The 78th annual Golden Globe Awards has concluded and is finally in the history books. The ceremony, which had all of the honorees accepting via video conferencing, got off to a rocky start with the audio issues that Daniel Kaluuya experienced when he won Best Film Supporting Actor. But as the evening went on, we managed to get some great speeches. Some served as a galvanizing call to action like this year’s recipient of the DeMille Award, Jane Fonda. Others were incredibly moving such as Simone Ledward Boseman accepting Best Film Drama Actor on behalf of her late husband, Chadwick Boseman. Then there were those that were just sweet and nice to watch like Best TV Drama Actor winner, Josh O’Connor.
Below, we’ve listed our picks for the night’s best speeches. But, we also want to know which one you liked the best? Vote in our Golden Globes acceptance speech poll at the bottom of this post and let us know what you think in the comments.
Cecil B. DeMille Award: Jane Fonda
It can be very uncomfortable to watch someone who is white and well-off financially lament about the suffering of others, but Fonda managed to make her statement work as she accepted her lifetime achievement honor. She gave shout-outs to great works that inspired her this past year but made sure she saved her criticism of the industry for the end, when it would be most impactful. “So let’s all of us, including all the groups that decide who gets hired and what gets made and who wins awards, let’s all of us make an effort to expand that tent so that everyone rises and everyone’s story has a chance to be seen and heard.” Fonda made a statement in the way that only she could. Bravo!
Best Film Actor – Drama: Chadwick Boseman, “Ma Rainey’s Black Bottom”
We knew that this would be an emotional moment if it happened and watching Boseman’s widow, Simone Ledward Boseman, in tears as she accepted on his behalf brought all of us to tears as well. She paid tribute to her late husband, who passed away in August from colon cancer, by saying, “He would say something beautiful. Something inspiring, something that would amplify that little voice inside of all of us that tells us you can, that tells you to keep going, that calls you back to what you are meant to be doing at this moment in history.” She closed by looking up to the heavens and saying, “Hon, you keep ’em coming.”
Best Director: Chloé Zhao, “Nomadland”
Zhao seemed to be caught a little off guard when she was announced as the winner but she spoke eloquently and to the point by thanking her fellow nominees for “making beautiful movies” and giving thanks to the entire “Nomadland” team. In thanking the nomads that were in the movie, she read something said by Bob Wells on the subject of compassion: “Compassion is the breakdown of all the barriers between us — a heart-to-heart bonding. Your pain is my pain; it’s mingled and shared between us.” Zhao followed that by saying, “This is why I fell in love with making movies and telling stories.” She later won again for Best Film Drama.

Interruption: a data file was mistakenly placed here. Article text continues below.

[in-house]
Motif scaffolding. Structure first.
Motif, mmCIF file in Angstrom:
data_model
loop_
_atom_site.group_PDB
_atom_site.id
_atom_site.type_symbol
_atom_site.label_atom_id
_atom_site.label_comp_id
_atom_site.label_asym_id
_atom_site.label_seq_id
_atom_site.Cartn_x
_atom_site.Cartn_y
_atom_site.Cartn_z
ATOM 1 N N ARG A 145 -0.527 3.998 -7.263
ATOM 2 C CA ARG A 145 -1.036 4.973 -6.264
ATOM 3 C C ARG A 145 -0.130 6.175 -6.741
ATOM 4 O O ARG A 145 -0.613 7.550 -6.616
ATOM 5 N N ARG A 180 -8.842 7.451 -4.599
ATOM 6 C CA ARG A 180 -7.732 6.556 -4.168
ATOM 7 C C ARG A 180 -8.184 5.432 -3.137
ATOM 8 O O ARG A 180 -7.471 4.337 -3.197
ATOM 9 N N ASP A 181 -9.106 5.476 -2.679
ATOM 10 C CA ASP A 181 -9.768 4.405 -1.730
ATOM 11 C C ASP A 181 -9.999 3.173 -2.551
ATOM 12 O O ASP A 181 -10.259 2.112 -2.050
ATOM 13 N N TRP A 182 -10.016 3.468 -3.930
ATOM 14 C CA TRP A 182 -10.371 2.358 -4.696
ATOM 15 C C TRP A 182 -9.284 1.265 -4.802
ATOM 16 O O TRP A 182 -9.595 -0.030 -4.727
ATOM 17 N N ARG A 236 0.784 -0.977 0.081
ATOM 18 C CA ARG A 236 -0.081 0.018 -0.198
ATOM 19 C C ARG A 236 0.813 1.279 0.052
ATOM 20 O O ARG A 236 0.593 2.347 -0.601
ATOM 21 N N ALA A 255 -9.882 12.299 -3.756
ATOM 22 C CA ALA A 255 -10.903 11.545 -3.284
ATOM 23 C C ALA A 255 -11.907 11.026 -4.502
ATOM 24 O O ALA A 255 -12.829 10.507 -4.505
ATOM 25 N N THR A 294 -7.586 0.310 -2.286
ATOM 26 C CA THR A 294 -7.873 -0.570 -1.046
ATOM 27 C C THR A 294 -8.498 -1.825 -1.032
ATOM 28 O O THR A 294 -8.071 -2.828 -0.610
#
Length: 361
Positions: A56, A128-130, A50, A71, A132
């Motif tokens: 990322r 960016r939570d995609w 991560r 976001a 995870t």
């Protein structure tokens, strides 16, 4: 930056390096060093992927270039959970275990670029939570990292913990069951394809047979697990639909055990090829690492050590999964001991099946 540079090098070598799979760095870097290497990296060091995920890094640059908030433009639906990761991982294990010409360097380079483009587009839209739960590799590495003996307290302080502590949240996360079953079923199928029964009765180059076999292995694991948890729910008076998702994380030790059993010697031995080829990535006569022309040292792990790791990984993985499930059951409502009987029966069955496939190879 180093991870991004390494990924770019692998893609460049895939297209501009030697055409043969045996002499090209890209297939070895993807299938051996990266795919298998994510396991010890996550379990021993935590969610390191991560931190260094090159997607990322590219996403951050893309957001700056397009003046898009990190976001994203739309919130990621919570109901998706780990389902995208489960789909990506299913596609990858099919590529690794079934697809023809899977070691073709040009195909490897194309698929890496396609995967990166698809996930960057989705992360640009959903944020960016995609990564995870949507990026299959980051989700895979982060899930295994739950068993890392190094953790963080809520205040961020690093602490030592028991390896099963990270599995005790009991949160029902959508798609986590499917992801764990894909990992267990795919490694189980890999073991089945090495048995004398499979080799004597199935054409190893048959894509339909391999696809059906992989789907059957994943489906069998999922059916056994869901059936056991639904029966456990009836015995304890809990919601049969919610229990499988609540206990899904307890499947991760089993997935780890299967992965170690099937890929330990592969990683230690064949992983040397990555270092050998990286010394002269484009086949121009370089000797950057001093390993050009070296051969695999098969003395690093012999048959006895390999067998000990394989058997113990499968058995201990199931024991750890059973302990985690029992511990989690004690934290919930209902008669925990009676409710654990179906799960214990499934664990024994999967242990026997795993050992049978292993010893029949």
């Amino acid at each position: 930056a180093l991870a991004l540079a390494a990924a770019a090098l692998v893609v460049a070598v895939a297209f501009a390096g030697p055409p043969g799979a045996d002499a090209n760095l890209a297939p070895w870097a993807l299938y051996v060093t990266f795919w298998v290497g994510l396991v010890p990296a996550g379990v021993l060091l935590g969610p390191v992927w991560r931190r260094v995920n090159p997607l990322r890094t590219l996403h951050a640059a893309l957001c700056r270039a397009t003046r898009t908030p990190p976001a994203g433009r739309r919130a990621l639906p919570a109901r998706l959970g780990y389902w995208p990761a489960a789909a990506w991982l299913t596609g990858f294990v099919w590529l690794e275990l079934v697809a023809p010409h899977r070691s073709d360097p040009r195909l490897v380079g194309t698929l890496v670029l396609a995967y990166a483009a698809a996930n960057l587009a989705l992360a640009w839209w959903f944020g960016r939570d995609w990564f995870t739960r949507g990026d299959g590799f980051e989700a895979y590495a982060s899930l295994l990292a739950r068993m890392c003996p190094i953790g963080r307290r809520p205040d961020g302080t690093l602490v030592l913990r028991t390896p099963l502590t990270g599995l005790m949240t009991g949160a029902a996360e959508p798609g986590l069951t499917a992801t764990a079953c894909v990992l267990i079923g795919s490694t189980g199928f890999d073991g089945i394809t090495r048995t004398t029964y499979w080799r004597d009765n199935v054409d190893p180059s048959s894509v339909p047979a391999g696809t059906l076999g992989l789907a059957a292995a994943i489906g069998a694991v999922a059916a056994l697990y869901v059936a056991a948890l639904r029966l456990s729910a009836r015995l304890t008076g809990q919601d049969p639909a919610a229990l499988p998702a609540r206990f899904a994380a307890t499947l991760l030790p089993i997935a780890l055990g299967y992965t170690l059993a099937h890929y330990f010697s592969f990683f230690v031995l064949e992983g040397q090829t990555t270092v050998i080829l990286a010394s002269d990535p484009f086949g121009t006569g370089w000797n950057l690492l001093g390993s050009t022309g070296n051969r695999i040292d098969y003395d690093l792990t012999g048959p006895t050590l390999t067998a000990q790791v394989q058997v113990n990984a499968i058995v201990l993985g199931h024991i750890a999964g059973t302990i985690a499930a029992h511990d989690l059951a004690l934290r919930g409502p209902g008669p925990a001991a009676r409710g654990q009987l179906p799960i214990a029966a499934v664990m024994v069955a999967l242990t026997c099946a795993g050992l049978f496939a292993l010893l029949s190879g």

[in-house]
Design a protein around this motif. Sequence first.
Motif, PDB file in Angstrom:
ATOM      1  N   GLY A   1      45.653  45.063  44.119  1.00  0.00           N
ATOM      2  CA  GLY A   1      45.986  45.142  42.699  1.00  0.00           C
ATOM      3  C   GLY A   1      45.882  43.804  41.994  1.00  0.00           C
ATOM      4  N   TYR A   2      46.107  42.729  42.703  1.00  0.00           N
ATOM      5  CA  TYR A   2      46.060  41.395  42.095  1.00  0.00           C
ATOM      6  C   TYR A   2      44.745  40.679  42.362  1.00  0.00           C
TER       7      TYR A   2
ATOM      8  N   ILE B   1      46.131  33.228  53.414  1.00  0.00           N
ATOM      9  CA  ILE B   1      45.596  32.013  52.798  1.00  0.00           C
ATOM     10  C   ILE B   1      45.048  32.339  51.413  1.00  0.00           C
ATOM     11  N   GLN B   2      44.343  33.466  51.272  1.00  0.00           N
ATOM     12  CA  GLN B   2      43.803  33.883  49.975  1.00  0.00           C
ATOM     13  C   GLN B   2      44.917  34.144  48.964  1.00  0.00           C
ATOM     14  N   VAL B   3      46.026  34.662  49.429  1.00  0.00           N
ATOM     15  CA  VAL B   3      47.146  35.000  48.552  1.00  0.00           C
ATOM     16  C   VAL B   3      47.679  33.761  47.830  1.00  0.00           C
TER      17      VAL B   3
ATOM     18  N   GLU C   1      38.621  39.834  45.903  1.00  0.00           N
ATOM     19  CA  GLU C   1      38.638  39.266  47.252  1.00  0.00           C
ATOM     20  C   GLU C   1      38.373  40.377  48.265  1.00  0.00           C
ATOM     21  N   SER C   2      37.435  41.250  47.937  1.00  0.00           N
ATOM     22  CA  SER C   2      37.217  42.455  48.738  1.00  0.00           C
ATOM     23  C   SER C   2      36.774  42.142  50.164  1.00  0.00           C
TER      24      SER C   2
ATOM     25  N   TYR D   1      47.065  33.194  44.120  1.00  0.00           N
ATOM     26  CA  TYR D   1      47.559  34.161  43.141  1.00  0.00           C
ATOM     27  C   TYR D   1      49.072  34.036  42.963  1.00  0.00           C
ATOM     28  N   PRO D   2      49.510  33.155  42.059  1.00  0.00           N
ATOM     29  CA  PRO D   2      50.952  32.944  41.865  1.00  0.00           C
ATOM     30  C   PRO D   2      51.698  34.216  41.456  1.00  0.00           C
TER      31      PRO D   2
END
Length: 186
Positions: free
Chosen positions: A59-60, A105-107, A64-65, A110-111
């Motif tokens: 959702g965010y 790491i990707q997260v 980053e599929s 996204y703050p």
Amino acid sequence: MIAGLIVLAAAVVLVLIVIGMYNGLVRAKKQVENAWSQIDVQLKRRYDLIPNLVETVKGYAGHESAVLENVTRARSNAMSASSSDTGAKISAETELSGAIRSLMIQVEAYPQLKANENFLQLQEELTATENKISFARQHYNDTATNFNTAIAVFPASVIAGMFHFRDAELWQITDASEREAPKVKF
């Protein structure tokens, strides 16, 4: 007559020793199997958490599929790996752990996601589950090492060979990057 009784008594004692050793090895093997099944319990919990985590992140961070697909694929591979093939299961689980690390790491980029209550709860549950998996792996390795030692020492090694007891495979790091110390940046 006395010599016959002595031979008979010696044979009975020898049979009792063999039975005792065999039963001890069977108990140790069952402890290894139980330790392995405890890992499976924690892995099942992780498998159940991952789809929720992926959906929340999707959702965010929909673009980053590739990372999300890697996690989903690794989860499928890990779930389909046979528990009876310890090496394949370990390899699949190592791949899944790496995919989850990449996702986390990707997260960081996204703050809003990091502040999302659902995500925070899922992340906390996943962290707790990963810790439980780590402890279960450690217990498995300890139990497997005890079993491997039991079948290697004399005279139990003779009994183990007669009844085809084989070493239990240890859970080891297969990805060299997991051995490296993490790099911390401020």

Best TV Series – Musical/Comedy: Daniel Levy, “Schitt’s Creek”
Levy got right to the point as he started his speech by thanking the cast and crew for the amazing journey that they have been through for the past six years. He then gave huge thanks to CBC for giving the show enough time to find its voice and its audience. He brought it back to the recurring theme of inclusion that the show has championed and closed by adding, “In the spirit of inclusion, I hope that this time next year this ceremony reflects the true breadth and diversity of the film and television being made today because there is so much more to be celebrated.”
Best TV Actress – Drama: Emma Corrin, “The Crown”
Corrin’s co-star and competitor, Olivia Colman, almost stole the show with her dance in celebration of Corrin’s win. But she quickly regrouped and her laughter was infectious as she thanked Josh O’Connor (who would later win the lead actor category) as she referred to him as her “Prince Charming.” She then finished it by paying tribute to the person she portrayed, Princess Diana, by saying, “You have taught me compassion and empathy beyond any measure that I could ever imagine. On behalf of everyone who remembers you so fondly and passionately in our hearts, thank you.”
Best TV Actor – Drama: Josh O’Connor, “The Crown”
Like his on-screen wife, O’Connor was very surprised by the win but quickly pulled himself together. He thanked everyone on “The Crown” and said of the cast that working with them was a “master class.” In thanking Corrin, he called her a “brilliant player of rock-paper-scissors. I love you to bits.” He saluted his fellow nominees: “You’re all my heroes!” He closed with a moving statement about how the pandemic has affected people’s emotional well-being. “I just want to say I am very lucky to work in this period and there’s so many people who are unable to work and are alone and isolated. And I hope we can all collectively put mental health at the forefronts of our minds.”